Applying Serious Games to Motor Learning in Sport

Applying Serious Games to Motor Learning in Sport

Josef Wiemeyer (Institute of Sport Science, Technische Universität Darmstadt, Darmstadt, Germany) and Philipp Schneider (Institute of Sport Science, Technische Universität Darmstadt, Darmstadt, Germany)
Copyright: © 2012 |Pages: 13
DOI: 10.4018/ijgbl.2012100104
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Considering the wide use of Serious Games in application fields like cognitive learning, health education and rehabilitation and the recent developments of sensor and interface technology it is surprising that applications to motor learning in sport are rare. The aim of this study is to examine whether a specific learning effect can be elicited by training with a commercial exergame (Nintendo Wii Sports Resort). A sample of 23 young club basketball players attended either a virtual training (VT) or a real training (RT) of basketball throws. Training consisted of 750 throws distributed to 10 training units. As a result, VT and RT groups improved in virtual and real performance, but only the RT group transferred training to the virtual condition. Furthermore, the RT group enjoyed training more than the VT group. As a conclusion, added values of Serious Games in sport skill learning may take effect only under certain conditions.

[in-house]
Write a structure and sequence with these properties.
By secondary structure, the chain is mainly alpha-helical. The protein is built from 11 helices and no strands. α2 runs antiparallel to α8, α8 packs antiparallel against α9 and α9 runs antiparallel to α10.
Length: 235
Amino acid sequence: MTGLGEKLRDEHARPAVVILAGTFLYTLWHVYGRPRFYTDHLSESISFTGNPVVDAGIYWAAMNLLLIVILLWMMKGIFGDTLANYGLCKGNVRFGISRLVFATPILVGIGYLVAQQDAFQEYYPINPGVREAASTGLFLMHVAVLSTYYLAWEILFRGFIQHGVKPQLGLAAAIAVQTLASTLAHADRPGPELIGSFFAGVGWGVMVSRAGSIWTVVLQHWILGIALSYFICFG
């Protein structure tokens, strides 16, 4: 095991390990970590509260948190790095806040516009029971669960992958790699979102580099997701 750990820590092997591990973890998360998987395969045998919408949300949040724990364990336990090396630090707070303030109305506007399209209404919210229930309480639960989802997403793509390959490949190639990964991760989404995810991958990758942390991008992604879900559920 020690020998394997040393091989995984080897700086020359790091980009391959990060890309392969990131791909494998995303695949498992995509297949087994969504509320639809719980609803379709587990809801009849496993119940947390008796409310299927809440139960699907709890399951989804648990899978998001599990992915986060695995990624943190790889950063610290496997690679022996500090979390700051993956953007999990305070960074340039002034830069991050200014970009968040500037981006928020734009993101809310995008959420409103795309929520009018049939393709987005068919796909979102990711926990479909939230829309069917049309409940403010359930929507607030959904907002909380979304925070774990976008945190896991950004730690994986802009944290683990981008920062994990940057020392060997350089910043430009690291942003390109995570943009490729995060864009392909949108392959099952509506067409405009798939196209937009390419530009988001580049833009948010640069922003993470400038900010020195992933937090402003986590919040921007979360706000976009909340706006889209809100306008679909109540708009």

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Review Of The Literature

In this section existing studies dealing with learning and training of whole body movements will be reviewed. Of course, there is also evidence that video games improve elementary perceptual and motor skills, e.g., spatial perception (Green & Bavelier, 2010) and endoscopic surgery (Lynch et al., 2010). Studies improving physical fitness (e.g., endurance and strength) are also neglected because they are more focused on energy as compared to information processing. For the present paper gross motor skills in sport are most relevant.

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